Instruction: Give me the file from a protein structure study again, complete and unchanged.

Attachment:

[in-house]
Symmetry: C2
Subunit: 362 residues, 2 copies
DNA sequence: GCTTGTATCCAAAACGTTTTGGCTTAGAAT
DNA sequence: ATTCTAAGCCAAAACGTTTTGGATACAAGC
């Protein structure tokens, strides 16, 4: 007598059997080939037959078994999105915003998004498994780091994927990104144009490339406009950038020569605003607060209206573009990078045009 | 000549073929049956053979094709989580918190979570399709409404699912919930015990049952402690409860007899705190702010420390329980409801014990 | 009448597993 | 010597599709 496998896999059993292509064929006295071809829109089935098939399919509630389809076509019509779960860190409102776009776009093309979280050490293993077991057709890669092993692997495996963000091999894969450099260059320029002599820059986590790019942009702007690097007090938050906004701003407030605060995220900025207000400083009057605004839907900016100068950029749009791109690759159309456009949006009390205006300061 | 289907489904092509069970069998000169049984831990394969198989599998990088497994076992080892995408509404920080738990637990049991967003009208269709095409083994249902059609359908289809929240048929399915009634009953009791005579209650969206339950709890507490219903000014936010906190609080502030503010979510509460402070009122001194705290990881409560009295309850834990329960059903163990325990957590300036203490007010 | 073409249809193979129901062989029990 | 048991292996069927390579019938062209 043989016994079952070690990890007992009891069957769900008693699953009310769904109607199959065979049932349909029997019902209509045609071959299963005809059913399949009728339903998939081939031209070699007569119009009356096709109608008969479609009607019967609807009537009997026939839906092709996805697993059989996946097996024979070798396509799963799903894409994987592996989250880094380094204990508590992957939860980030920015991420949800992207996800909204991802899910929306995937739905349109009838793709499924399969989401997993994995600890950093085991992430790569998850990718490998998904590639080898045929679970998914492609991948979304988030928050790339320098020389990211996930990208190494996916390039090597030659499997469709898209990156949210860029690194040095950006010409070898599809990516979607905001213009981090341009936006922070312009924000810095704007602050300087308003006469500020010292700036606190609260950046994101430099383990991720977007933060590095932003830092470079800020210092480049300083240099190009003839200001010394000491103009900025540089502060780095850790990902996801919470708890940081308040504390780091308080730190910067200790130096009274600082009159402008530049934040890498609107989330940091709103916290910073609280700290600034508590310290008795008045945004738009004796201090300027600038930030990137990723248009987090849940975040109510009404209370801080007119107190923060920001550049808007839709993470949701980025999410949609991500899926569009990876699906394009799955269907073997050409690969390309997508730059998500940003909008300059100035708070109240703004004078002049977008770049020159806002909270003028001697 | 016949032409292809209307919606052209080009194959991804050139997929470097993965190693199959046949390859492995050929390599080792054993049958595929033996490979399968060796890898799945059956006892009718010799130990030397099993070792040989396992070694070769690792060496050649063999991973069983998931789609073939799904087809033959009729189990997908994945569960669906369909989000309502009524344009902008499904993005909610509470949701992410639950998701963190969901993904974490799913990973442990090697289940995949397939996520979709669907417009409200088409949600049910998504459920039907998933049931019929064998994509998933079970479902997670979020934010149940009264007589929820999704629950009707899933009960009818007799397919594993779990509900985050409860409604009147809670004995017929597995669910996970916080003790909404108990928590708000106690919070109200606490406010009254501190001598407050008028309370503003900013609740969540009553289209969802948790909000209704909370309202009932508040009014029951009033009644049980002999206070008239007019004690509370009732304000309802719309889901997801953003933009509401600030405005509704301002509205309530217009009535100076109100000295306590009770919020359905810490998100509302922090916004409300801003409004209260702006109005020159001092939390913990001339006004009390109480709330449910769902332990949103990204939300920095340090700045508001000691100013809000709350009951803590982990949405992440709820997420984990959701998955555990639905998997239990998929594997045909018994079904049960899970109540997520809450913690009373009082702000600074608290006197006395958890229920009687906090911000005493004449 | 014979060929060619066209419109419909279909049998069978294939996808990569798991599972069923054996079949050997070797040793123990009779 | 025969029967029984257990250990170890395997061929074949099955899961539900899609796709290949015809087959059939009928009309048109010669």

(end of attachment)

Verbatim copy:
[in-house]
Symmetry: C2
Subunit: 362 residues, 2 copies
DNA sequence: GCTTGTATCCAAAACGTTTTGGCTTAGAAT
DNA sequence: ATTCTAAGCCAAAACGTTTTGGATACAAGC
């Protein structure tokens, strides 16, 4: 007598059997080939037959078994999105915003998004498994780091994927990104144009490339406009950038020569605003607060209206573009990078045009 | 000549073929049956053979094709989580918190979570399709409404699912919930015990049952402690409860007899705190702010420390329980409801014990 | 009448597993 | 010597599709 496998896999059993292509064929006295071809829109089935098939399919509630389809076509019509779960860190409102776009776009093309979280050490293993077991057709890669092993692997495996963000091999894969450099260059320029002599820059986590790019942009702007690097007090938050906004701003407030605060995220900025207000400083009057605004839907900016100068950029749009791109690759159309456009949006009390205006300061 | 289907489904092509069970069998000169049984831990394969198989599998990088497994076992080892995408509404920080738990637990049991967003009208269709095409083994249902059609359908289809929240048929399915009634009953009791005579209650969206339950709890507490219903000014936010906190609080502030503010979510509460402070009122001194705290990881409560009295309850834990329960059903163990325990957590300036203490007010 | 073409249809193979129901062989029990 | 048991292996069927390579019938062209 043989016994079952070690990890007992009891069957769900008693699953009310769904109607199959065979049932349909029997019902209509045609071959299963005809059913399949009728339903998939081939031209070699007569119009009356096709109608008969479609009607019967609807009537009997026939839906092709996805697993059989996946097996024979070798396509799963799903894409994987592996989250880094380094204990508590992957939860980030920015991420949800992207996800909204991802899910929306995937739905349109009838793709499924399969989401997993994995600890950093085991992430790569998850990718490998998904590639080898045929679970998914492609991948979304988030928050790339320098020389990211996930990208190494996916390039090597030659499997469709898209990156949210860029690194040095950006010409070898599809990516979607905001213009981090341009936006922070312009924000810095704007602050300087308003006469500020010292700036606190609260950046994101430099383990991720977007933060590095932003830092470079800020210092480049300083240099190009003839200001010394000491103009900025540089502060780095850790990902996801919470708890940081308040504390780091308080730190910067200790130096009274600082009159402008530049934040890498609107989330940091709103916290910073609280700290600034508590310290008795008045945004738009004796201090300027600038930030990137990723248009987090849940975040109510009404209370801080007119107190923060920001550049808007839709993470949701980025999410949609991500899926569009990876699906394009799955269907073997050409690969390309997508730059998500940003909008300059100035708070109240703004004078002049977008770049020159806002909270003028001697 | 016949032409292809209307919606052209080009194959991804050139997929470097993965190693199959046949390859492995050929390599080792054993049958595929033996490979399968060796890898799945059956006892009718010799130990030397099993070792040989396992070694070769690792060496050649063999991973069983998931789609073939799904087809033959009729189990997908994945569960669906369909989000309502009524344009902008499904993005909610509470949701992410639950998701963190969901993904974490799913990973442990090697289940995949397939996520979709669907417009409200088409949600049910998504459920039907998933049931019929064998994509998933079970479902997670979020934010149940009264007589929820999704629950009707899933009960009818007799397919594993779990509900985050409860409604009147809670004995017929597995669910996970916080003790909404108990928590708000106690919070109200606490406010009254501190001598407050008028309370503003900013609740969540009553289209969802948790909000209704909370309202009932508040009014029951009033009644049980002999206070008239007019004690509370009732304000309802719309889901997801953003933009509401600030405005509704301002509205309530217009009535100076109100000295306590009770919020359905810490998100509302922090916004409300801003409004209260702006109005020159001092939390913990001339006004009390109480709330449910769902332990949103990204939300920095340090700045508001000691100013809000709350009951803590982990949405992440709820997420984990959701998955555990639905998997239990998929594997045909018994079904049960899970109540997520809450913690009373009082702000600074608290006197006395958890229920009687906090911000005493004449 | 014979060929060619066209419109419909279909049998069978294939996808990569798991599972069923054996079949050997070797040793123990009779 | 025969029967029984257990250990170890395997061929074949099955899961539900899609796709290949015809087959059939009928009309048109010669």